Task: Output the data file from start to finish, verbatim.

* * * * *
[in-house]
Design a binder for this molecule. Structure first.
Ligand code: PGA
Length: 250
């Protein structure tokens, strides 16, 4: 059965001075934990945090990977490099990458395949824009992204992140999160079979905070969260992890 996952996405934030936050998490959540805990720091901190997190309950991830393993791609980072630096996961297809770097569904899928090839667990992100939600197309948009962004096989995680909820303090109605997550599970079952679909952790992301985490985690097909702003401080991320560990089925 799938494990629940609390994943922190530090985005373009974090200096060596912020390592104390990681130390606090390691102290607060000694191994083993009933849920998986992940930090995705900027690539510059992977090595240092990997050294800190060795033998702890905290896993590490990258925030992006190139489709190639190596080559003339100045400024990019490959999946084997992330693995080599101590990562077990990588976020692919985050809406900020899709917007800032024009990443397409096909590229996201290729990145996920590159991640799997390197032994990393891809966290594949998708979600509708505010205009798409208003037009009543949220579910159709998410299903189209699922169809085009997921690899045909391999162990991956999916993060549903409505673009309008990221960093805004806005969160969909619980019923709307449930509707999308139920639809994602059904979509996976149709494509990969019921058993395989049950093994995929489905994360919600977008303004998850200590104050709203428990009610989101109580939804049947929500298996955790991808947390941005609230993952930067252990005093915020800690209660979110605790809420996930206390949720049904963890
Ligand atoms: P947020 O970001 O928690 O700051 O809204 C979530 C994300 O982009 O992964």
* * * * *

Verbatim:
[in-house]
Design a binder for this molecule. Structure first.
Ligand code: PGA
Length: 250
């Protein structure tokens, strides 16, 4: 059965001075934990945090990977490099990458395949824009992204992140999160079979905070969260992890 996952996405934030936050998490959540805990720091901190997190309950991830393993791609980072630096996961297809770097569904899928090839667990992100939600197309948009962004096989995680909820303090109605997550599970079952679909952790992301985490985690097909702003401080991320560990089925 799938494990629940609390994943922190530090985005373009974090200096060596912020390592104390990681130390606090390691102290607060000694191994083993009933849920998986992940930090995705900027690539510059992977090595240092990997050294800190060795033998702890905290896993590490990258925030992006190139489709190639190596080559003339100045400024990019490959999946084997992330693995080599101590990562077990990588976020692919985050809406900020899709917007800032024009990443397409096909590229996201290729990145996920590159991640799997390197032994990393891809966290594949998708979600509708505010205009798409208003037009009543949220579910159709998410299903189209699922169809085009997921690899045909391999162990991956999916993060549903409505673009309008990221960093805004806005969160969909619980019923709307449930509707999308139920639809994602059904979509996976149709494509990969019921058993395989049950093994995929489905994360919600977008303004998850200590104050709203428990009610989101109580939804049947929500298996955790991808947390941005609230993952930067252990005093915020800690209660979110605790809420996930206390949720049904963890
Ligand atoms: P947020 O970001 O928690 O700051 O809204 C979530 C994300 O982009 O992964």